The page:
As a lapsed horticulturist, I am well aware of the leaf miners and the damage they can do to trees. I see the symptoms of them often on my nature wanderings or when working in the garden: patches of leaf that are discoloured, sometimes with tunnels visible, created by little larval miners excavating between the leaf surfaces. These larvae are usually either from moths, flies or–on birch leaves–by sawflies. Damage to the leaves can be extensive at times, and reoccurring attacks can weaken the tree and cause branch dieback and eventually death.
Leaf miner damage on Paper Birch leaf.
We have three Paper Birch (Betula papyrifera) in our garden in Edmonton, and while prowling through the front garden for photo op’s I came across some birch leaves that showed the typical damage of a leafminer, visible at eye level on the lowest branches of the tree. I decided to photograph the leaf, mostly with the thought that I would be able to share the images on a new garden blog that I have been planning. Because I could see that there was something under the papery damaged area (above) and because I had been playing with backlit leaves recently, I decided to try the technique on this birch leafminer damage. I simply pressed the leaf directly against the flash lens and adjusted the flash power settings manually until I had the right exposure.
Leaf miner damage photographed with backlighting. The dark spots accumulating on the right is frass (poop) while the single larva is on the left. Note the pattern on the larva.
I was somewhat surprised to see some detail in the larva, including some prominent dark marks on the segments behind the head. I emailed the images to Greg Pohl at the Northern Forestry Centre, who was able to identify it as the larva of Fenusella nana (Klug), the Early Birch Leaf Edgeminer, as determined from the key found in the paper Current status of invasive alien birch-leafmining sawflies (Hymenoptera: Tenthredinidae) in Canada, with keys to species by Digweed, S. C., et al (2009).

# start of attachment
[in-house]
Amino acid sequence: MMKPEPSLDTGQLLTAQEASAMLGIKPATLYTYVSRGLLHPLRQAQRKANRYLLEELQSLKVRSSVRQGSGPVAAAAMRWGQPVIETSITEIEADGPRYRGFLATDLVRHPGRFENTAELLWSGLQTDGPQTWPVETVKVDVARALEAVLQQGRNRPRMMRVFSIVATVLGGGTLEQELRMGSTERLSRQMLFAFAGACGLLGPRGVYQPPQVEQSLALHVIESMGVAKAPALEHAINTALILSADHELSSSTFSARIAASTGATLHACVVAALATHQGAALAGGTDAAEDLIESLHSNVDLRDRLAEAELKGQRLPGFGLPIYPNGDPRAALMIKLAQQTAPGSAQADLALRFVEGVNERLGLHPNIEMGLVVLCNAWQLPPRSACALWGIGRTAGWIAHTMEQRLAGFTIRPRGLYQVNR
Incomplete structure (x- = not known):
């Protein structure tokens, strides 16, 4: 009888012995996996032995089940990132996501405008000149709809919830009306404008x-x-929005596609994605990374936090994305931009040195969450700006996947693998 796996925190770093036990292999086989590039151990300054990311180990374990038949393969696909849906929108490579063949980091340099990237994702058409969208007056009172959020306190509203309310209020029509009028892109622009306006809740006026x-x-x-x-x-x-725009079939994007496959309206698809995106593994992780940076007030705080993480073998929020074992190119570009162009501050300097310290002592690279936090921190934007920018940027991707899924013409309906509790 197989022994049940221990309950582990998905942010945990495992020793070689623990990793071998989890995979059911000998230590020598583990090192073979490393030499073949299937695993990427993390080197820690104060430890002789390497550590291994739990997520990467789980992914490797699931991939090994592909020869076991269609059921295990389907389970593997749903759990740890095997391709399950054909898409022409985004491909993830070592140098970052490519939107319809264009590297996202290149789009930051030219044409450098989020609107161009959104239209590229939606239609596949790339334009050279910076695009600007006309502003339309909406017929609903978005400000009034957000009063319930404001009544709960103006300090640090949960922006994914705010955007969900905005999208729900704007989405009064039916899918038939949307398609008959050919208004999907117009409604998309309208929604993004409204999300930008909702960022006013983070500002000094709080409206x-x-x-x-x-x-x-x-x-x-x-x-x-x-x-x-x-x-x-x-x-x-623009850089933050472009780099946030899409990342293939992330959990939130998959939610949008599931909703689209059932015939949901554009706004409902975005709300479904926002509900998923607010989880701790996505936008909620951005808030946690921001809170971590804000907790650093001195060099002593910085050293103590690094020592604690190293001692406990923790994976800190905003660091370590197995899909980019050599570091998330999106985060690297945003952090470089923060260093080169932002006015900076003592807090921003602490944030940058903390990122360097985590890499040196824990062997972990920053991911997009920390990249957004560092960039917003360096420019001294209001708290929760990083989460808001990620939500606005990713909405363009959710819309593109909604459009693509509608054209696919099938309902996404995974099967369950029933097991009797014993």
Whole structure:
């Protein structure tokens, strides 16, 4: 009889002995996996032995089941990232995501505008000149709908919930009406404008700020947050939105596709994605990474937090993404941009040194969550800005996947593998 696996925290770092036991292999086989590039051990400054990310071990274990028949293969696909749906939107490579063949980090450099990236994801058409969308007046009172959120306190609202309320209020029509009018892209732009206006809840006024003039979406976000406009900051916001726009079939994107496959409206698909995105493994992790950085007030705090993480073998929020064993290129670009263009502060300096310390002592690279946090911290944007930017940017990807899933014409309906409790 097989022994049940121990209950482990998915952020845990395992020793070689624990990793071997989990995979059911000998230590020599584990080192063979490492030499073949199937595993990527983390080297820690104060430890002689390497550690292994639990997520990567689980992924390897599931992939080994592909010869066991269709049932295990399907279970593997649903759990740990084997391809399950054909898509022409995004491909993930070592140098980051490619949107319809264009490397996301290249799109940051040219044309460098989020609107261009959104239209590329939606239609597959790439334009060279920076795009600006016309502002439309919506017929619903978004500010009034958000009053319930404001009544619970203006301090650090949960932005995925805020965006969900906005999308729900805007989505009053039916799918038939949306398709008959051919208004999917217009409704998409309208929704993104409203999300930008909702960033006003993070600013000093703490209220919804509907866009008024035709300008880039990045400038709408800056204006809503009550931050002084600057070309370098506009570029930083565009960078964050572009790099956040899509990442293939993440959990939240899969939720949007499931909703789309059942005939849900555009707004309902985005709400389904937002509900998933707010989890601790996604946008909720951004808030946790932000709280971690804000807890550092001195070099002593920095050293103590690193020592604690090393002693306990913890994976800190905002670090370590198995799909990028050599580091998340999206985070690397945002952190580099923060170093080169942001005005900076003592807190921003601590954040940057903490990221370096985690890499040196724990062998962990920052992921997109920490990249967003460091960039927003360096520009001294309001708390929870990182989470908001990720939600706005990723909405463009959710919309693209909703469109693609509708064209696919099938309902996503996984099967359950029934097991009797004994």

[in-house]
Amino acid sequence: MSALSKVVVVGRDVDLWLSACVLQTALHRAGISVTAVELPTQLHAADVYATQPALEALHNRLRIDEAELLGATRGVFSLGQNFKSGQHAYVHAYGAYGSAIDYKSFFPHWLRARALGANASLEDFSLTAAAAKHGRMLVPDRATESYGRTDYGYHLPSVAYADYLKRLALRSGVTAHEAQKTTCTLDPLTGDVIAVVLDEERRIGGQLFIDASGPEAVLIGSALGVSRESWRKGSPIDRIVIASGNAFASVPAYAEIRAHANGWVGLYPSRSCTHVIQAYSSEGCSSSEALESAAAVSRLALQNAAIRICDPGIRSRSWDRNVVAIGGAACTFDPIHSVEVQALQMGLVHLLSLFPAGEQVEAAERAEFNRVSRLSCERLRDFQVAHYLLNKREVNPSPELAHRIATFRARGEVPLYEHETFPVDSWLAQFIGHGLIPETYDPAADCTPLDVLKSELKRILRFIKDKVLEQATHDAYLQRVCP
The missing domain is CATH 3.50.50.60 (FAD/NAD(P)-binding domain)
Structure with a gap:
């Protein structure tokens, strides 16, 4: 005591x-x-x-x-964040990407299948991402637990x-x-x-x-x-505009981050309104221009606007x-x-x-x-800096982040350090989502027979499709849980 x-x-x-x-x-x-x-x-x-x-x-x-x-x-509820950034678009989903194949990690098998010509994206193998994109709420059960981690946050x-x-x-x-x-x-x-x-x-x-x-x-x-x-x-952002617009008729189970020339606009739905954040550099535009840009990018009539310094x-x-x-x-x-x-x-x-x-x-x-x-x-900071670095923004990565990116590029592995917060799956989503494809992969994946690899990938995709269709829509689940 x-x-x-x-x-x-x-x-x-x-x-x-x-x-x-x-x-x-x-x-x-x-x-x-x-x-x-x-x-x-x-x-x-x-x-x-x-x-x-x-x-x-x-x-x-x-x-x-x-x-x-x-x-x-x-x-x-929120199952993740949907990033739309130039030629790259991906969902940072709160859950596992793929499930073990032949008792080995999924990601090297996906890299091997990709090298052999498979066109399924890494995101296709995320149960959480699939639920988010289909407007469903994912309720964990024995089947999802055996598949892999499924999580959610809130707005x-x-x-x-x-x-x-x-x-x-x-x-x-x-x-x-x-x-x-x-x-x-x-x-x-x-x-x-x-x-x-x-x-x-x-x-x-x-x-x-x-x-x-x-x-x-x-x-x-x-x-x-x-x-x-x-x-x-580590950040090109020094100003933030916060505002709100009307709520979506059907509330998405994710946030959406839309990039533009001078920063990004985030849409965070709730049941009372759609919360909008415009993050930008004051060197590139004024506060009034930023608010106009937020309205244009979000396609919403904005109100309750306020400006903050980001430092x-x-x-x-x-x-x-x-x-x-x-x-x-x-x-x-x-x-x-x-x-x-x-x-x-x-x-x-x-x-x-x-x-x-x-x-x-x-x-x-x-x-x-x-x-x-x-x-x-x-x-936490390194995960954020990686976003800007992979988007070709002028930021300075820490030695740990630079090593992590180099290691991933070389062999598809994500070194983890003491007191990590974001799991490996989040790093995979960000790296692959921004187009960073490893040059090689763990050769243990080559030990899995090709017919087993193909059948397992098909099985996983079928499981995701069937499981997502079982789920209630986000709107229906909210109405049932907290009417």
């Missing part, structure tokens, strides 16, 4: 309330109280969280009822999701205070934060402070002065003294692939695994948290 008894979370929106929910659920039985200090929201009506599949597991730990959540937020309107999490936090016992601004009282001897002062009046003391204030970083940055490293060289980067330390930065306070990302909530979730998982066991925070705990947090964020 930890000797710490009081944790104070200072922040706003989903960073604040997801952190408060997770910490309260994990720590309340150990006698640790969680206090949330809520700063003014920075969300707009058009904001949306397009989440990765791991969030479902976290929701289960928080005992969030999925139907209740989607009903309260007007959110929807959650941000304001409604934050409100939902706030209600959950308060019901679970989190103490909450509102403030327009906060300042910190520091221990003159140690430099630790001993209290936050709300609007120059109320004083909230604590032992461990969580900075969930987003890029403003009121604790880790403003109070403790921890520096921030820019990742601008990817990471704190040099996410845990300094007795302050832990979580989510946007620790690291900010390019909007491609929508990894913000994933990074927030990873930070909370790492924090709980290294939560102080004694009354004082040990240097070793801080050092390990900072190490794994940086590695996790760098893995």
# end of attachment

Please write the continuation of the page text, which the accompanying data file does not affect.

Searching online, I found Creative Commons images of the larva:
Fenusella nana. Left: ventral view of the thoracic segments. Centre: full dorsal view. Right: full ventral view. CC 2007 W.N. Ellis, Zoölogisch Museum Amsterdam
I could not find a CC image for the adult, but there are a variety of photos at BugGuide that give a good idea of its appearance and the damage it causes.
There are five species of leaf mining sawfly (not a true fly but a Hymenopteran related to wasps, bees and ants) that effect birch trees across Canada, and all are alien invaders. In Canada, two species (F. pumila and P.thomsoni) have been successfully controlled with releases of parasitoids, however, F. nana has yet to have that pleasure.
The life cycles of birch leafminer sawflies are all similar. F. nana adults are active mid-May to June, when the females use their saw-like ovipositors to lay up to three eggs at the leaf edge. The larva hatch and go through five or six instars between the surfaces of the leaf, overwintering in the last instar to pupate in spring.
Digweed, S. C., MacQuarrie, C. J. K., Langor, D. W., Williams, D. J. M., Spence, J. R., Nystrom, K. L., and Morneau, L. (2009). Current status of invasive alien birch-leafmining sawflies (Hymenoptera: Tenthredinidae) in Canada, with keys to species. Canadian Entomologist, 141(3), 201-235. DOI: 10.4039/n09-003.
Langor, D.W.; Digweed, S.C.; McQueen, R.L.; Spence, J.R.Where have all the birch leafminers gone? Forest Insect and Disease Notes, August 1996, A-033
Canadian Forst Service Publications on Birch Leafminer.
City of Edmonton Insect Identification & Advice: Birch Leafminer.